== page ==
Grouse

IMG_6514It’s Monday evening and I’m watching the second Monday night football game between the Chargers and the Texans.  That seems odd to write – second Monday night game? My daughter mentioned that for some reason there were two games this evening. The first just ended with the Redskins losing to the Eagles in one that went down to a last ditch unsuccessful onside kick by the Redskins. Today was quite a day at the shop with technology failure and trips to three different oil change jobs to see if during the afternoon I could sneak in a quickie. Ended up with a long wait anyway at Walmart, after which to learn that the oil pan plug was stripped. This resulted in a Pintrest post of Van Gogh’s “Man with His Head in his Hands.” So, to attempt to relax, I thought I’d write this evening about a couple of recent days in the field with Seth. Writing usually, subject pending, results in a brighter outlook.IMG_6166 I will say that the old Toyo has been on many hunting, skiing, fishing and racing adventures throughout the northwest. The last couple of weekends the old tub has reliably once again taken us to high mountain tops in search of Mountain and Ruffed Grouse. This was Seth’s first trip hunting birds with his father. We have enjoyed a walk or two during past deer seasons. The nice thing about Missoula is that one can be into bird country by merely stepping out one’s back door. North, south, east or west there are mountains to explore where there are birds. I’ve been hiking in the hills in the area for numerous years during early September. IMG_6187One of the side benefits of getting out early for birds is that it is also a time to scout out country for sign of elk and deer. A few weeks into the month the archery hunters are often found afield as well enjoying the earlier big game season which is often during the rut for the elk. I’ve often thought about taking up archery, but a harmonious marriage dictates only so many hobbies. I often see Montanans in the hills this time of year stocking up on their winter firewood supplies. While walking out along the edges and finger trails which were once old logging roads, Seth and I listened to the buzzing of not too distant saws echoing up the canyon.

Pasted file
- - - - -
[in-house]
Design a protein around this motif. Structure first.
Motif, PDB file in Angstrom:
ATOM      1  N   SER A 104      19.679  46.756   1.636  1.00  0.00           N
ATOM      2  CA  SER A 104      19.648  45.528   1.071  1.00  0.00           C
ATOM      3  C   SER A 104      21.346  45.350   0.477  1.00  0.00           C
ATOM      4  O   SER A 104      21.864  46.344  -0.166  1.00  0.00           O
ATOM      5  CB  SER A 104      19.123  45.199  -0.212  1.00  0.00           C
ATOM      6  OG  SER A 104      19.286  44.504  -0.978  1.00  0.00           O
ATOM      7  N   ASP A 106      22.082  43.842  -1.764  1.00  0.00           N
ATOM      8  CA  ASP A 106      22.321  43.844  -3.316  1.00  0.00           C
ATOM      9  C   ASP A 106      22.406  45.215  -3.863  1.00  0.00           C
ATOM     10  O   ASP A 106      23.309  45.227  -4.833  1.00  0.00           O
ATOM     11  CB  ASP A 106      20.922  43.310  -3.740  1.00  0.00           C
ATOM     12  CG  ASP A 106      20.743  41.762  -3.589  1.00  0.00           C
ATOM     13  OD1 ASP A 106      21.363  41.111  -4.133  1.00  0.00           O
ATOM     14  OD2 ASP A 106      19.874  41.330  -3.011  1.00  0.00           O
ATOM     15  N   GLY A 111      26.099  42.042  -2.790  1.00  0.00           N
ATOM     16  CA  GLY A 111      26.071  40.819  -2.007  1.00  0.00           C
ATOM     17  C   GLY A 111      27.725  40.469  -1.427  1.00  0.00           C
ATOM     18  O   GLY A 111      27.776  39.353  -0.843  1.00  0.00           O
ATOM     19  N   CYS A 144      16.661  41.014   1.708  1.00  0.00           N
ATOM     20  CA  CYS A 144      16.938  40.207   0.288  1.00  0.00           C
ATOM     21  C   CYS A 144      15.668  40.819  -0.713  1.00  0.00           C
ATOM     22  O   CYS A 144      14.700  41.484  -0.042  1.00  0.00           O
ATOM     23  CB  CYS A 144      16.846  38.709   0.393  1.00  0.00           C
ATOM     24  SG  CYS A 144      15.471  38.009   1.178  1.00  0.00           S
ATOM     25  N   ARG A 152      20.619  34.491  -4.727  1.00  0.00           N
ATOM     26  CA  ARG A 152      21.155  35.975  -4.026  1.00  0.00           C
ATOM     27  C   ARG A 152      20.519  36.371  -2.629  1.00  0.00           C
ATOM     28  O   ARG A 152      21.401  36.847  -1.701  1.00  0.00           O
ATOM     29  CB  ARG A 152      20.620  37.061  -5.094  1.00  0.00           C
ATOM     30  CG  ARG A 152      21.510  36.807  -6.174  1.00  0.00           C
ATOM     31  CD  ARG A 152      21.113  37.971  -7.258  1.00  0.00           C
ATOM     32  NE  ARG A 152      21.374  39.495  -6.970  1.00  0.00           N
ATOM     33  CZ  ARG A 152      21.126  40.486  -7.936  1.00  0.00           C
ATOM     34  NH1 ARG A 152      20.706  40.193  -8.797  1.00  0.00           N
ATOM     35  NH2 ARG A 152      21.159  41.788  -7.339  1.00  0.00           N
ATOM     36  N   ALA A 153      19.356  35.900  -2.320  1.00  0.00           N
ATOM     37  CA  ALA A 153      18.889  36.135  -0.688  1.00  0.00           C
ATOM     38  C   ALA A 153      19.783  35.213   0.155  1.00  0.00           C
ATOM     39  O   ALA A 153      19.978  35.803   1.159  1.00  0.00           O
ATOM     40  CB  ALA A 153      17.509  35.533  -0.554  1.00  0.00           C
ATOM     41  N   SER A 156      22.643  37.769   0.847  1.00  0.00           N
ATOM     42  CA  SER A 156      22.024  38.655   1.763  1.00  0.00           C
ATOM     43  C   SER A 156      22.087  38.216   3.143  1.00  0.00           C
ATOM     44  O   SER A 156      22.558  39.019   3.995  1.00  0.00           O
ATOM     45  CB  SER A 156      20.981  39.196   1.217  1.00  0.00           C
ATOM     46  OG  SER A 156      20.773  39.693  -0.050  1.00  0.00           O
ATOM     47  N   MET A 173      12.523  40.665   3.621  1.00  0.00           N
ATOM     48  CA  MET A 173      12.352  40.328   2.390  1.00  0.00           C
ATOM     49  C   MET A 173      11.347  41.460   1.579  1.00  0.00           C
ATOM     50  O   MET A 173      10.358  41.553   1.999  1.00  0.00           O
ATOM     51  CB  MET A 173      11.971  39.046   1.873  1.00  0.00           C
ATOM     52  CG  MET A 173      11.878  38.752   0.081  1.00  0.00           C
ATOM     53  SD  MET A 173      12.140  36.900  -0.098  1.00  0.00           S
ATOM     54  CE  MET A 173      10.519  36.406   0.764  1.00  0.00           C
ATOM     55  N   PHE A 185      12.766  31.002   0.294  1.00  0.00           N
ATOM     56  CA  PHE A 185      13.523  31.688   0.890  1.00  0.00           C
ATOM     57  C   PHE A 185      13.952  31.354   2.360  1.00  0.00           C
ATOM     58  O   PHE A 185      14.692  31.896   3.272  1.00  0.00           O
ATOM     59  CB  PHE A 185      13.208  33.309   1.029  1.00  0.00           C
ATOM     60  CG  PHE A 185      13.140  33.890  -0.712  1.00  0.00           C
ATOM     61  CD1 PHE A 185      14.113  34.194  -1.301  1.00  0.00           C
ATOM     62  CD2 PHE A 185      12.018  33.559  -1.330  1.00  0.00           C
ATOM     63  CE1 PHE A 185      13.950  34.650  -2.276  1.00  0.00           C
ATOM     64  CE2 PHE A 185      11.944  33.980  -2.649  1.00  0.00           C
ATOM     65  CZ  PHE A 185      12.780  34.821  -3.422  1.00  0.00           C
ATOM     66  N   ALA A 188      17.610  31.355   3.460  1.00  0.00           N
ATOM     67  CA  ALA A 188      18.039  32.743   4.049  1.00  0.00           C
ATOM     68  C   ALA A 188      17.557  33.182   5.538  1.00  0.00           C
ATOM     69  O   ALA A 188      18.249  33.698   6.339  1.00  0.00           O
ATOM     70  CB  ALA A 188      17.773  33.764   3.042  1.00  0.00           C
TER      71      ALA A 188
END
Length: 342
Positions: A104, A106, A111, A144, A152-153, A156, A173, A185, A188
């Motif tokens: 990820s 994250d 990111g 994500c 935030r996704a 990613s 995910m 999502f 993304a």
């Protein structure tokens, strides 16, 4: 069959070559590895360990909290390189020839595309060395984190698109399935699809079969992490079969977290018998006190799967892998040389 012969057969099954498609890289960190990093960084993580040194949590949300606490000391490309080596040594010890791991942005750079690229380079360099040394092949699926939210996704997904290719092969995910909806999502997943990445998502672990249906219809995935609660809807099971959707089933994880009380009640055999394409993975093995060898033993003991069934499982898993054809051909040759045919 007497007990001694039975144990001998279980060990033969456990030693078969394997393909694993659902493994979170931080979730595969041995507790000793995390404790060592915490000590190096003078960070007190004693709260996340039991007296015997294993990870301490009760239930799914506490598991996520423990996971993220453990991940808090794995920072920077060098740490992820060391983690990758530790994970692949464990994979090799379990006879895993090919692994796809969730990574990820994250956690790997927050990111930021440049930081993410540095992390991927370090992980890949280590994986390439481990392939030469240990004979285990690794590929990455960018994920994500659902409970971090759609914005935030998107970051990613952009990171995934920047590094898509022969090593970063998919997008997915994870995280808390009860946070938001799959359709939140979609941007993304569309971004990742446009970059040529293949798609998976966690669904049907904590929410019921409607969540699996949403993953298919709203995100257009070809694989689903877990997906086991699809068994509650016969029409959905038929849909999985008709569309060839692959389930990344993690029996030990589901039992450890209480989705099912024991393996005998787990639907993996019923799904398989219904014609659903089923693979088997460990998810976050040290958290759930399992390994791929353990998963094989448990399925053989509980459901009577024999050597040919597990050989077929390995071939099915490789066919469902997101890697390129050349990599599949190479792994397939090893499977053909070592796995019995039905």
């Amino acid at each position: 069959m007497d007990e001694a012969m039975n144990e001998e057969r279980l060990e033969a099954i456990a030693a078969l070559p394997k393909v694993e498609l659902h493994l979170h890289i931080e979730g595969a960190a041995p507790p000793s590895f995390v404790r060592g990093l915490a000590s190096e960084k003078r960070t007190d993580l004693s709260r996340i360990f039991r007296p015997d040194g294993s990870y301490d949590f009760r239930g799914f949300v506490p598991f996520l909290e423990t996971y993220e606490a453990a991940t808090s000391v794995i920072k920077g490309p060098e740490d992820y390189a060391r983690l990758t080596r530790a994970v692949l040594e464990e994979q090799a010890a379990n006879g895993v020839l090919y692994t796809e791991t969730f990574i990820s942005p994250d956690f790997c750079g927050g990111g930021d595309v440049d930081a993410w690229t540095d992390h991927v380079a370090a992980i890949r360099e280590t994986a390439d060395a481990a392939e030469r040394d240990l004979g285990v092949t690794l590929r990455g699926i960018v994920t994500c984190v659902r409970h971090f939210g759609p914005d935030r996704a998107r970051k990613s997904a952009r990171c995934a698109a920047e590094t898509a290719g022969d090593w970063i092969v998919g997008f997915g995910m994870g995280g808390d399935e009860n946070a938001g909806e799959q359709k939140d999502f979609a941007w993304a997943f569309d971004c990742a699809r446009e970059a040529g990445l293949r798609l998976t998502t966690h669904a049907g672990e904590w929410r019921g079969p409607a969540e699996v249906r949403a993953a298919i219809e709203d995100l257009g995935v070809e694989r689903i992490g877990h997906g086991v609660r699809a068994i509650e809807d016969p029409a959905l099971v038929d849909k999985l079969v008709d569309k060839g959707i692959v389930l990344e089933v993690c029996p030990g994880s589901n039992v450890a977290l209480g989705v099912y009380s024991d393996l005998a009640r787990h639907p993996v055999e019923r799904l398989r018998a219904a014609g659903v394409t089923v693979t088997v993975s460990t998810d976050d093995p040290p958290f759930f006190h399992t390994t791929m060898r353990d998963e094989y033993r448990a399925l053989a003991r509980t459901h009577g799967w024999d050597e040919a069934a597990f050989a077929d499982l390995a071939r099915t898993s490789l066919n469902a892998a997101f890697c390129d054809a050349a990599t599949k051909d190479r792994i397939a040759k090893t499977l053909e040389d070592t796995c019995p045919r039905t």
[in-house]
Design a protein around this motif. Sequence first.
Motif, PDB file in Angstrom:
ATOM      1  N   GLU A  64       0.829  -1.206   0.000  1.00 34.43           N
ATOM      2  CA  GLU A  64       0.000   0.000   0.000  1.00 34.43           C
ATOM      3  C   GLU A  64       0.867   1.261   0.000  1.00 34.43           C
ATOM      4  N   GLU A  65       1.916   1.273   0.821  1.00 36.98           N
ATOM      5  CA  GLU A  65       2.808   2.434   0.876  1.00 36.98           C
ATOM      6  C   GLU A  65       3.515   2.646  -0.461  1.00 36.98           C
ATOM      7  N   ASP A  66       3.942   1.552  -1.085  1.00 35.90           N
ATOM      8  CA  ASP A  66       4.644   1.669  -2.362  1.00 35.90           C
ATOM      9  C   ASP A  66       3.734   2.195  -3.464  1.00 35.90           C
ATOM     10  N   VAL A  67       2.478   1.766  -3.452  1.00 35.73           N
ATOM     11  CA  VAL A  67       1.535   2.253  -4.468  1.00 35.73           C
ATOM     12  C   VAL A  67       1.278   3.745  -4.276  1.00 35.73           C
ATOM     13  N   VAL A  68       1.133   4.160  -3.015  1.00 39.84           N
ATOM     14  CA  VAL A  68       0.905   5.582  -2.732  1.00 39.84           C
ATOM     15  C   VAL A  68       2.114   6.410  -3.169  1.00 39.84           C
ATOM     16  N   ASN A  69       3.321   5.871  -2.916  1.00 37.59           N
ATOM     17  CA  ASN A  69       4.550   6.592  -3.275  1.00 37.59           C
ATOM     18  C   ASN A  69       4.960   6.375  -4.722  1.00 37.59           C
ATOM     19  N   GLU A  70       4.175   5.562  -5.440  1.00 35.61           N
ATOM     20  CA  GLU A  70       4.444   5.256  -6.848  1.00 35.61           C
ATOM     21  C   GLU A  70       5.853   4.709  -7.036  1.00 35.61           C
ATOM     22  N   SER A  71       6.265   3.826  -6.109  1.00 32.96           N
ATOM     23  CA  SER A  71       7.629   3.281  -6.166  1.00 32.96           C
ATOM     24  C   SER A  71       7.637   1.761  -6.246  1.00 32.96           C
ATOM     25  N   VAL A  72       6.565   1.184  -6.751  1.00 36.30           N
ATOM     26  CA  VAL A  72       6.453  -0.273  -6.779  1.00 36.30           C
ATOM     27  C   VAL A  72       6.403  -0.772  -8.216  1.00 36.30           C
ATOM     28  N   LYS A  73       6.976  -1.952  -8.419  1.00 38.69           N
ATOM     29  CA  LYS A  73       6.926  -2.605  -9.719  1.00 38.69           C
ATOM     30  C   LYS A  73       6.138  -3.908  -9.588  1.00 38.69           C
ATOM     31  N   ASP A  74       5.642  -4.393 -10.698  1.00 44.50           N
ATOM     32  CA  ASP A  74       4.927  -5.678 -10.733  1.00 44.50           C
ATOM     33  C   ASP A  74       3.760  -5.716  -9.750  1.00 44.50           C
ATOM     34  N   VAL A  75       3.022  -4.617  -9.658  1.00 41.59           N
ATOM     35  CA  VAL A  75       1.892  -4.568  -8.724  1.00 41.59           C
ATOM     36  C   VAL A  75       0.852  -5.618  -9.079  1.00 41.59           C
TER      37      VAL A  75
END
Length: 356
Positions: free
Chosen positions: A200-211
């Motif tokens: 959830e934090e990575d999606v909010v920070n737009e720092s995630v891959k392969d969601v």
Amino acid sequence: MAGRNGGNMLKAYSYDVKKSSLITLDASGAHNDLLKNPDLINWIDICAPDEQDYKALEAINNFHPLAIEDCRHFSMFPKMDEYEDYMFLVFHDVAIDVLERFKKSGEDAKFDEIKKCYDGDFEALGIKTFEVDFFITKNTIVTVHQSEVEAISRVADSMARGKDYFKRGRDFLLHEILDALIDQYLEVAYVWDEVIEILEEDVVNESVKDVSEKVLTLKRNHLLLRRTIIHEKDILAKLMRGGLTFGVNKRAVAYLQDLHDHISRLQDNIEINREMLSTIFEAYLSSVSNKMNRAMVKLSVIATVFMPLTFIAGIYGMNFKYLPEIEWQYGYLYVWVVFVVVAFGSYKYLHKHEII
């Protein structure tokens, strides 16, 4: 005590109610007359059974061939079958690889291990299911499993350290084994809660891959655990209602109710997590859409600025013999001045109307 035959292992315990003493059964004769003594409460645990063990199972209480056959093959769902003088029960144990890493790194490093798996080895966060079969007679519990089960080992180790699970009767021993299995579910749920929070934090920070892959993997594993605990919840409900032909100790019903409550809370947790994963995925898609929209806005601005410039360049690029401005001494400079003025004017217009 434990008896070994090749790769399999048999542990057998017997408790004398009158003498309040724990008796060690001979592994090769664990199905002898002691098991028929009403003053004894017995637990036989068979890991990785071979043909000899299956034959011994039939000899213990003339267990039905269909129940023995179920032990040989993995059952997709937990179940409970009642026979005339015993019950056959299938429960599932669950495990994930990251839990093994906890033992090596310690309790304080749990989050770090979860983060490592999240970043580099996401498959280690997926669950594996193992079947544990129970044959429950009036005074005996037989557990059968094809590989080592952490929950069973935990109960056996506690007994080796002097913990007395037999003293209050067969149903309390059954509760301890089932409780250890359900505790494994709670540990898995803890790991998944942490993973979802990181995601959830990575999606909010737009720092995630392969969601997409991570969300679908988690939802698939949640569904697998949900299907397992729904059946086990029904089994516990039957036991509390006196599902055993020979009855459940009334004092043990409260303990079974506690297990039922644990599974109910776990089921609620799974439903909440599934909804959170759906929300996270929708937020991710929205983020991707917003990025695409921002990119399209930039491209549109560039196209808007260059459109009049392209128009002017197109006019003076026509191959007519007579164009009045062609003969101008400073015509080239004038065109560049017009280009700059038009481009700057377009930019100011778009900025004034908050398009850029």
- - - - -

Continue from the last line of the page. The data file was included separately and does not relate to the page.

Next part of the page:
The experience of hiking through the mountains with my children has been invaluable.  One learns a great deal about the goings on in his son’s life while simply hiking along.  This also applies during the trip in and out of the hills as well; although, Seth had his nose surprisingly buried in “A Diary of a Wimpy Kid” during part of the commutes in and out on these days.  The other part of the commute when not chatting, was the I-pod, of course.

The hunting on day one was pretty entertaining as the birds managed to get the best of us. We got to the end of the first hike, a section that has old trails both above and below our chosen path, and three large Blues exploded from tree tops.  We were not looking up, which is something I usually do.  This is a typical part of the routine for mountain grouse and took a little getting used to when I first moved to the area from the east, where ruffed grouse and quail are hunted with pointers “on the ground.”   I should have been paying attention as this was the same section Todd shot his first grouse not too many years prior.

One thing for sure was that my young partner’s attention was roused by the whole affair and Wen gave us the old “what happened this time, guys” look.  Seth had mentioned that the whole drumming explosion of the birds lifting out of the trees had been startling. We visited about how that occurs when hunting deer or elk and the effect seems to be even more magnified, as silence is key during still hunting. There is a pleasantness to hearing distant grouse drumming in the fall, though. Memories of the first hard freeze, turning colors, dustings of snow and harvest. Drumming grouse.

Later on the same day we drove to a second area and immediately after having gotten out of the vehicle and walking twenty yards, a group of probably six large Blues startled us again, merrily flying down the mountain one at a time.  Mountain grouse seem to always fly down the mountain rather than along its side or up the mountain. Not sure why this is?  Do predators attack from above?  Maybe it requires less energy or is simply nature’s instinctive methodology. At any rate, once again the birds got the best of us prior to my having even loaded the Wingmaster 870.  IMG_6524I had chosen Molly’s twenty gage to hike with during these trips.  It is a simple little outfit that has been very reliable.  These are probably found in a high percentage of hunter’s homes as they are not only reliable but reasonable as well.  Over the years I’ve managed a collection of shotguns that have been a result of having attended many of the Missoula Duck’s Unlimited banquets along with stints on the local committee.  I still try to attend these banquets when possible as I firmly believe in DU’s mission and passing it along to future generations.